Ford Motor Co. hit another milestone with its all-electric 2022 Ford F-150 Lightning.

The company has confirmed reaching 100,000 reservations since its global debut three weeks ago at world headquarters in Dearborn.

“We’re super excited about the demand,” Emma Bergg, Ford spokeswoman, told the Free Press on Thursday. “Orders are getting added all the time.”

The automaker accepts $100 refundable reservations to place an order for the 2022 pickup truck that will be built in a new $700 million plant at the Rouge Complex.

Making online refundable reservation orders is part of a new protocol for carmakers. Ford did the same with its all-electric Mustang Mach-E.

Meanwhile, Ford is touting its ability to recruit top talent to develop the latest digital technology as the company increases its all-electric and hybrid vehicle options.

Ford CEO Jim Farley has said the company will use data and software expertise on a scale the industry hasn’t seen. This is a key part of a strategy to offer digital services and subscription revenue that changes car sales from a one-time transaction process.

Industry analysts and the media have wondered whether the Ford team can find the talent it needs to lead a high-tech era.

“At its core, at Ford we’re solving big challenges, right? Tremendous challenges. We’re sitting at a point the industry that’s transforming and a company that’s transforming. We find that getting the software talent into Ford with that kind of a challenge is actually an easy proposition,” Alex Purdy, director of business operations, enterprise connectivity, told reporters during a call on Capital Markets Day on May 26.

“I was trying to recruit somebody from Google just last week and they’re coming from a business that encourages consumers to click on ads. We’re coming from a business that is going to bring mobility to a whole new generation,” he said.

“I think it’s because of the challenge that we have success and we’ve had some really good luck getting the talent. But there’s a lot more in front of us,” Purdy said. “We have over 6,000 software engineers today at Ford and, of those, 600 of them have joined us really in 2021. We still have a lot more to go. But we think that the challenge, and the path we just laid out in terms of a strategy, is a compelling reason for talent to come and join us.”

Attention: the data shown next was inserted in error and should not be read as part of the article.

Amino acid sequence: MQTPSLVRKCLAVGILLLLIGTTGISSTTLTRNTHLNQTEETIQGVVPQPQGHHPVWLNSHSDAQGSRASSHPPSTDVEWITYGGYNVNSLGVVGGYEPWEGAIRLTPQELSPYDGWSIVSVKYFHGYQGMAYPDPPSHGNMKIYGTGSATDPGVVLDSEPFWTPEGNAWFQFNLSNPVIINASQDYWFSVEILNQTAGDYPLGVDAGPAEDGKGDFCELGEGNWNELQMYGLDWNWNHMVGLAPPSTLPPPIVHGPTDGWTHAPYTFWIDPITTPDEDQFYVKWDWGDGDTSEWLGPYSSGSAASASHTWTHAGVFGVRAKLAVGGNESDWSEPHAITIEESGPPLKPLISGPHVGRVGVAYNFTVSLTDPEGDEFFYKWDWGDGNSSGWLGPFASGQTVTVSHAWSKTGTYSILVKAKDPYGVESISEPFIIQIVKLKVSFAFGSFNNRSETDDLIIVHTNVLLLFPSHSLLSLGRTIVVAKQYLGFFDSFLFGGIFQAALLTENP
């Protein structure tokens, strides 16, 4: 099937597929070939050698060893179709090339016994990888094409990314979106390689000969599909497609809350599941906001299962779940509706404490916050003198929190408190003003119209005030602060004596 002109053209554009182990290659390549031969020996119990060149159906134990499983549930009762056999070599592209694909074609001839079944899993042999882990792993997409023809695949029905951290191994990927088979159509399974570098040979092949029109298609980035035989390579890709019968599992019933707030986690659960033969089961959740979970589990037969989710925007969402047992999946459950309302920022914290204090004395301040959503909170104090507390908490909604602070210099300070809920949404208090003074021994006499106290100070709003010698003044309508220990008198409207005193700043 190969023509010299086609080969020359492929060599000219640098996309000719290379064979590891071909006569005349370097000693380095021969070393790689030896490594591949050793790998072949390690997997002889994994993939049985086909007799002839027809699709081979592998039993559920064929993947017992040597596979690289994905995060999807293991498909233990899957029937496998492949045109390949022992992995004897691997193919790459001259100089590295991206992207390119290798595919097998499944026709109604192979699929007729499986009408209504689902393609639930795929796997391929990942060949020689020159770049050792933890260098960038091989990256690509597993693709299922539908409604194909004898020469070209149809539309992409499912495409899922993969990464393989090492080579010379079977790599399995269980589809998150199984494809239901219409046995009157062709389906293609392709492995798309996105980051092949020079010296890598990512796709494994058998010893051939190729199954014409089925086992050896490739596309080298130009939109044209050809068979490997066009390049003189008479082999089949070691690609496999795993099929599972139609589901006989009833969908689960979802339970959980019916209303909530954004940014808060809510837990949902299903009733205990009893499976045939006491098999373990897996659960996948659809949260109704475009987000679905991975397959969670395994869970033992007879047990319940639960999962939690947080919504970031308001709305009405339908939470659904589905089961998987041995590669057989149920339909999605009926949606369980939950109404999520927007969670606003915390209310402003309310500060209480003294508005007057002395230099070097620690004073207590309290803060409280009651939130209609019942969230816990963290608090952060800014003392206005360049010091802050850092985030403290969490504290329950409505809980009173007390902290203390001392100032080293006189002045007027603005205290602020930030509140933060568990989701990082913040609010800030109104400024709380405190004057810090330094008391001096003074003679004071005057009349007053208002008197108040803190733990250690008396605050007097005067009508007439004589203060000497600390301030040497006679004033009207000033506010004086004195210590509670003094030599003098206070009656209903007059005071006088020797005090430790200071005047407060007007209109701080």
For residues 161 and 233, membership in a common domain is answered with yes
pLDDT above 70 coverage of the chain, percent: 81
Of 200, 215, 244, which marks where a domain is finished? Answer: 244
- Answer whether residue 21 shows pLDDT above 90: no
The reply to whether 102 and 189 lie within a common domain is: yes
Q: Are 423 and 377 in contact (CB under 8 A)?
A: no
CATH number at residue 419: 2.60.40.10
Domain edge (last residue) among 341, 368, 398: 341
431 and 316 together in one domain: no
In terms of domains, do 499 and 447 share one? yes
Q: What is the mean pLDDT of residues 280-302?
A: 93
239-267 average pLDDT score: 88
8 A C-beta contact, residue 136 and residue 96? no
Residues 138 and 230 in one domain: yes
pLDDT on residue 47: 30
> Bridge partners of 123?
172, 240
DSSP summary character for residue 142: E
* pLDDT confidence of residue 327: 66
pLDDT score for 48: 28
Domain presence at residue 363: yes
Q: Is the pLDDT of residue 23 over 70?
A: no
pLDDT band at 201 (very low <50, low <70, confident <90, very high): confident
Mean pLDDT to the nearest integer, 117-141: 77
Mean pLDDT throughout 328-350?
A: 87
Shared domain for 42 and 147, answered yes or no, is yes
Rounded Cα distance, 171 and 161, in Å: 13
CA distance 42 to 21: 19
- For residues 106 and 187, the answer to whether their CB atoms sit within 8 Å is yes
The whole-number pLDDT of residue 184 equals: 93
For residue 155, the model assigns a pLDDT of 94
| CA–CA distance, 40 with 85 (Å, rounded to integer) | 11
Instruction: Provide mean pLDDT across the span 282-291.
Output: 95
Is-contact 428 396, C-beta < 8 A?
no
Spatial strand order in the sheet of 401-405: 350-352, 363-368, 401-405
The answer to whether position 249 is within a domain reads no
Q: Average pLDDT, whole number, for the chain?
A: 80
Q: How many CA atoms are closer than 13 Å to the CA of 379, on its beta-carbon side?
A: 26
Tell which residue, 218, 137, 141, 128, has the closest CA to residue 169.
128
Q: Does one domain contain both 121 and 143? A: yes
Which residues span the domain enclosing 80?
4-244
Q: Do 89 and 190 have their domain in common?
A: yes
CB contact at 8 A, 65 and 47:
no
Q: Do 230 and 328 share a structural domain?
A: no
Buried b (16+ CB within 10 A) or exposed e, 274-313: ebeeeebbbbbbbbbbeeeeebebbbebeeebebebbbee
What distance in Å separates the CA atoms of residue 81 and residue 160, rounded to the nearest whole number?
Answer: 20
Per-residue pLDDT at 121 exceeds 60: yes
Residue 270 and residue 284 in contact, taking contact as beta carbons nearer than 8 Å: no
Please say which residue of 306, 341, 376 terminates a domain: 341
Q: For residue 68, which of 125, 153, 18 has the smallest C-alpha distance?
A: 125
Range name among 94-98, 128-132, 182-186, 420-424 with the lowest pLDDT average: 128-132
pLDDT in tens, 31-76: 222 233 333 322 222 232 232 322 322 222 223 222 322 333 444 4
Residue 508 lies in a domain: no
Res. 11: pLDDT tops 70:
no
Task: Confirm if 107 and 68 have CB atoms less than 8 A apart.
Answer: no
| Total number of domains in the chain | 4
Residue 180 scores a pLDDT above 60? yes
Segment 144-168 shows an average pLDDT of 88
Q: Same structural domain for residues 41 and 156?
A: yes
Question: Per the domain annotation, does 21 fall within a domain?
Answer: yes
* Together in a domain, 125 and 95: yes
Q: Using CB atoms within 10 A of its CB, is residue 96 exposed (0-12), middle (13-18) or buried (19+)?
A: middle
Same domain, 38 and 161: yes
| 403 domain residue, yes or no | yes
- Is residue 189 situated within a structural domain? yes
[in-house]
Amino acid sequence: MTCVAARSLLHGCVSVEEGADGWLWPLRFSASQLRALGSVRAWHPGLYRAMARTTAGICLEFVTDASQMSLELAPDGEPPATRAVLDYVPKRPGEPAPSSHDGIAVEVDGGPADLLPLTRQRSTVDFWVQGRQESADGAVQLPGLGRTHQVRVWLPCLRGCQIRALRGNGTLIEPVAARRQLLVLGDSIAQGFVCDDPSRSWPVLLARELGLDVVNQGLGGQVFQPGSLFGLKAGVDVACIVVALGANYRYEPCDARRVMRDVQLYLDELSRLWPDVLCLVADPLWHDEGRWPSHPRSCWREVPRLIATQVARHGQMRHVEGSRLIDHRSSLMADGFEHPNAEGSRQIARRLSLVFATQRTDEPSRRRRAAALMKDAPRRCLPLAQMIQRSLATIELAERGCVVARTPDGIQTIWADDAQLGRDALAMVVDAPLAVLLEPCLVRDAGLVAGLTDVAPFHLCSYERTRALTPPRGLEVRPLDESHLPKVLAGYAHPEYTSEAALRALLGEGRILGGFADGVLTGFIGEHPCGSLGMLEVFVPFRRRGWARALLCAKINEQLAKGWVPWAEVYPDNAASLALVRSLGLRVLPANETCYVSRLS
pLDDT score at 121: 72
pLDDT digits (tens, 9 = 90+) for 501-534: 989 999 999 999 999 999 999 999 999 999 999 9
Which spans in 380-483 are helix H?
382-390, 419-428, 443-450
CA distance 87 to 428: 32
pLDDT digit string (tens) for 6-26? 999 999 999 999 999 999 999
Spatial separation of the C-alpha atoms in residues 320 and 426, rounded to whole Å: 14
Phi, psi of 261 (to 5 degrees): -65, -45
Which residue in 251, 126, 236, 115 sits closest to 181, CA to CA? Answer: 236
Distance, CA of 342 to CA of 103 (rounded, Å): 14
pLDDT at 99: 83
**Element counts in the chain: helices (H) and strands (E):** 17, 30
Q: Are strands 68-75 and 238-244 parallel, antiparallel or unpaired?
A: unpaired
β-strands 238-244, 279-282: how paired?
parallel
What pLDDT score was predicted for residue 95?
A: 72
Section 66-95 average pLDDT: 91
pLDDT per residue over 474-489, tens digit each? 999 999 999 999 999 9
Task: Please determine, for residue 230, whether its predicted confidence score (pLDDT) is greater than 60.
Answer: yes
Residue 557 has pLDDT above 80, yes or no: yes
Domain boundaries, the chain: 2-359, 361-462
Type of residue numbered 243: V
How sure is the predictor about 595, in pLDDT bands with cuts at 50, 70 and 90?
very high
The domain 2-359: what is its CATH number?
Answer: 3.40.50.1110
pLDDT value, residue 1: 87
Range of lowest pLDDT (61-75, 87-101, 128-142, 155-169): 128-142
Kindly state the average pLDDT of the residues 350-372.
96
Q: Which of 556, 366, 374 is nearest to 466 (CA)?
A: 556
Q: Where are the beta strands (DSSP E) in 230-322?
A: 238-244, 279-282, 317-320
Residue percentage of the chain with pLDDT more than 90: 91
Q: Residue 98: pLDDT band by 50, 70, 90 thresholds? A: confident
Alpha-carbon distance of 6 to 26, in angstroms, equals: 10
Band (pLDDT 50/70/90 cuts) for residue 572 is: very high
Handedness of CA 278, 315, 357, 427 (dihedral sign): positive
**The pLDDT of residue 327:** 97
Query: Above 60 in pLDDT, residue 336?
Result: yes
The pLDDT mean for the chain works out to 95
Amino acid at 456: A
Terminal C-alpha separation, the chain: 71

Consumers have moved from enhancing technology at home to asking for more technology in their vehicles. That means carmakers need software engineering talent.

Silicon Valley companies have taken great pride in the quality of their software engineers, including all-electric carmaker Tesla.

Will those brilliant minds so in demand in California work for a legacy automaker?

“What we’re learning as we go through this process … it’s not the talent outside Ford coming to Ford is a challenge, actually,” Farley told reporters after his May 26 presentation to Wall Street analysts. “The challenge is reorienting Ford to think about software experiences before we think about anything else. That’s the change. That’s the really big opportunity for us … throughout the organization.”

And while analysts and investors often ask about potential partners, Farley revealed different technology plans for retail customers and commercial customers.

When it comes to Ford Pro Business, “I don’t think that ecosystem will be partnered. “That is something Ford will do,” he said. “It’s not one size fits all. We’ll probably have a much smaller footprint of partners on the technology side because that’s an ecosystem we want to build at Ford.”

The automaker had more than 7,000 software engineers in the U.S. and Canada working on design, architecture, data, testing and other technical and infrastructure roles as of Thursday, said Marisa Bradley, Ford spokeswoman.

Farley, who took the helm as CEO on Oct. 1, began the push to hire software engineers in a previous role at the company leading technology. Former CEO Jim Hackett announced in April 2019 an enhanced focus on new business, technology and big data.

“We have hired 600 software engineers this year alone, so that is certainly more than we have in one year before,” Bradley said. “The push started before Jim Farley became CEO, but he was in the new business role, so he certainly was a catalyst.”

Contact Phoebe Wall Howard at [email protected] or call/text 313-618-1034. Follow her on Twitter @phoebesaid. Read more on Ford and sign up for our autos newsletter.

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